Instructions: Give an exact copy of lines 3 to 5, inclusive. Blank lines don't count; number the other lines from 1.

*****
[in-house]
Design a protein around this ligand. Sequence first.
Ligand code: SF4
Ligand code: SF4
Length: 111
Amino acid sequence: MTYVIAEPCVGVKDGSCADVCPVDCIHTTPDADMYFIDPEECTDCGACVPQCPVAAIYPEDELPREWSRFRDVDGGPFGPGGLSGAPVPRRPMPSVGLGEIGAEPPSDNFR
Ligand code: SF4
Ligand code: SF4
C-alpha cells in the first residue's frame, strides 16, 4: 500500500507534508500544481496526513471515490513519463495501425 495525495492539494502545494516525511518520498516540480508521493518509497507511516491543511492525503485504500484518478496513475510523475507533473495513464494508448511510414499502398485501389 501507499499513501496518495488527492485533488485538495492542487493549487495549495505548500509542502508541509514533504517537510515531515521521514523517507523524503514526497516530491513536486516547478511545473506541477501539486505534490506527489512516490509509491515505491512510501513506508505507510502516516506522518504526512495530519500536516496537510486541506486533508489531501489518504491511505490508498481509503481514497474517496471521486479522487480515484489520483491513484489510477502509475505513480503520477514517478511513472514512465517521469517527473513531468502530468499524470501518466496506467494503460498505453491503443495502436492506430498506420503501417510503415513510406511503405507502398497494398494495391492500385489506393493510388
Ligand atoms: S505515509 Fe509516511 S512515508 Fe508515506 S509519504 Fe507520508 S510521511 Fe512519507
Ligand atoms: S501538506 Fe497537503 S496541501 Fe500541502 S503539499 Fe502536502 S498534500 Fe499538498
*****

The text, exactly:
Ligand code: SF4
Ligand code: SF4
Length: 111